A best interest plea means that a defendant does not admit guilt to any offense, but agrees that a guilty plea is in his best interest under the circumstances. The defendant is sentenced, while still able to disagree with the prosecutor's description of events. Under a best intererst plea, the criminal defendant does not admit the act, but admits that the prosecution could likely prove the charge. The court will pronounce the defendant guilty. The defendant may plead guilty yet not admit all the facts that comprise the crime. Such a plea allows defendant to plead guilty even while unable or unwilling to admit guilt.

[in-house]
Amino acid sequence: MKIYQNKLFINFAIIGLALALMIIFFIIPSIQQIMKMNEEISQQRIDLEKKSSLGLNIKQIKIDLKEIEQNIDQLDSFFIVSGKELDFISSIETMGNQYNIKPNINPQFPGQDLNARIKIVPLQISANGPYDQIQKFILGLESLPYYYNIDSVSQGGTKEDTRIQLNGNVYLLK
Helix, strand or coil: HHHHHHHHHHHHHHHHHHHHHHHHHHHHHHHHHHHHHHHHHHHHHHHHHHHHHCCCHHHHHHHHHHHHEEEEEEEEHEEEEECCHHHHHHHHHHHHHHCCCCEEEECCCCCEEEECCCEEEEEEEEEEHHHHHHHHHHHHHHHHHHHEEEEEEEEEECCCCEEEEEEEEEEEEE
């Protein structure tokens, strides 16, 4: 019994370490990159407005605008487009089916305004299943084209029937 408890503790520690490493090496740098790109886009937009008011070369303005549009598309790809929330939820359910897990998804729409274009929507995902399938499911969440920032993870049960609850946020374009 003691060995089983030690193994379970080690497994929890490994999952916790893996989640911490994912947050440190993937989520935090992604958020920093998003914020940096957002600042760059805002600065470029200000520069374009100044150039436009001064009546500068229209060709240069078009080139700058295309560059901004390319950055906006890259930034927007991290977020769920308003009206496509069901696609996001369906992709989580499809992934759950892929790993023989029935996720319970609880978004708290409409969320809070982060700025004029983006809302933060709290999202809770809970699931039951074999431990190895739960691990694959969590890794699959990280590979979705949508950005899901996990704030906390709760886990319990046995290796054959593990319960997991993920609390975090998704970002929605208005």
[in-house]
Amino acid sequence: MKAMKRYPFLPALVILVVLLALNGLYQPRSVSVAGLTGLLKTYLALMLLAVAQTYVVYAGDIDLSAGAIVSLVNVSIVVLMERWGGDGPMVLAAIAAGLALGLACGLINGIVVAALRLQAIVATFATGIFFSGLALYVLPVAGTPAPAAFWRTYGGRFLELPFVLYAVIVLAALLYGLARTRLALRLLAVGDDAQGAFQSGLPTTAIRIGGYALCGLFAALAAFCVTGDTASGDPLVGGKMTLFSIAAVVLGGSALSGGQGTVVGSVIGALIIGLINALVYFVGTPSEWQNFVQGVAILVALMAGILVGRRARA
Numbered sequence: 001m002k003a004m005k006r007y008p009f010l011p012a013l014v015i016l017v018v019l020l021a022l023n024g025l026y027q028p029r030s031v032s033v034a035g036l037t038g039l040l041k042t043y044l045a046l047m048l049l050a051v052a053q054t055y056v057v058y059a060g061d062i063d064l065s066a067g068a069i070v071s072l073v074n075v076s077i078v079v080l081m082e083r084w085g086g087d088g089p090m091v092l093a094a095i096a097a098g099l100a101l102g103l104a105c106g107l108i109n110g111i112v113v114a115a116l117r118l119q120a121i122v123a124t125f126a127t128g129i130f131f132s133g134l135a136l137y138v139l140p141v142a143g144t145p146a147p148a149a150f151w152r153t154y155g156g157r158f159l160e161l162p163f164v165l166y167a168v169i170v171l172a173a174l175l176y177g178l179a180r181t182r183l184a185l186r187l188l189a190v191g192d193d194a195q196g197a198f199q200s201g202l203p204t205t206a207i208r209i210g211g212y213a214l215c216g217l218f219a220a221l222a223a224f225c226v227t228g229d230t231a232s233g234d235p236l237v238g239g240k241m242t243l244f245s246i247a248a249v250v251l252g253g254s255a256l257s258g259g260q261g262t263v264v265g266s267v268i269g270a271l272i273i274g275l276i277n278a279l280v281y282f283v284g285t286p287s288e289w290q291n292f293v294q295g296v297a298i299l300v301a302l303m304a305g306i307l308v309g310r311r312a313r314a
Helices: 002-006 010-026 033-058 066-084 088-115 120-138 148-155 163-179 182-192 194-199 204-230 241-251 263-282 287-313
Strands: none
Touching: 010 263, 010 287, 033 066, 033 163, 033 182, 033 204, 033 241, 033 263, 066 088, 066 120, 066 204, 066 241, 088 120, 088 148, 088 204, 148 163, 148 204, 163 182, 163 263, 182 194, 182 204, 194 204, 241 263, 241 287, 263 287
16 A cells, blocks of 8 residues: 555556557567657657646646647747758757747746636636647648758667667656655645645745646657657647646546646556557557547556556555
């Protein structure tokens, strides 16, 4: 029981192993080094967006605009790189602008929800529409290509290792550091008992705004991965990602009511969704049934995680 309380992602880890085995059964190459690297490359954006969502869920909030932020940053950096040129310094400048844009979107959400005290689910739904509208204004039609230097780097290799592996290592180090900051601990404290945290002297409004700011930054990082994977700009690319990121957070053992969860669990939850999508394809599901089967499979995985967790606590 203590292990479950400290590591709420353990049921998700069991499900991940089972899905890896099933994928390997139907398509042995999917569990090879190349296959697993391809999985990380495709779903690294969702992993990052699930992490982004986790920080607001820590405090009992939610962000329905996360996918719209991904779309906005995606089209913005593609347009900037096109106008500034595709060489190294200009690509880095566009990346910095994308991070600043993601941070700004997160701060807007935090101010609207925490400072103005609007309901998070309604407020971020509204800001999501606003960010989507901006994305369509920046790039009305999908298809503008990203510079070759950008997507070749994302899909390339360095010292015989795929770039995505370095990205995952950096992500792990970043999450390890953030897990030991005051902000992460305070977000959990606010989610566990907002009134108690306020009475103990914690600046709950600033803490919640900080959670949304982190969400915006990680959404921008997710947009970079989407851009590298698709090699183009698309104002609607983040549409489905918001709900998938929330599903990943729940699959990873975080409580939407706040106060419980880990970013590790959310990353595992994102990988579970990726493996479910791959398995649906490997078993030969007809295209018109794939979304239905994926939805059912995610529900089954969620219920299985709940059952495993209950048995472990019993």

One example is a situation where the defendant has no recollection of the pertinent events due to intoxication or amnesia. A defendant making a best interest plea maintains his innocence of the offense charged. One reason for making such a plea may be to avoid being convicted on a more serious charge. Acceptance of a best interest plea is in the court's discretion. It is also sometimes refered to as an Alford plea.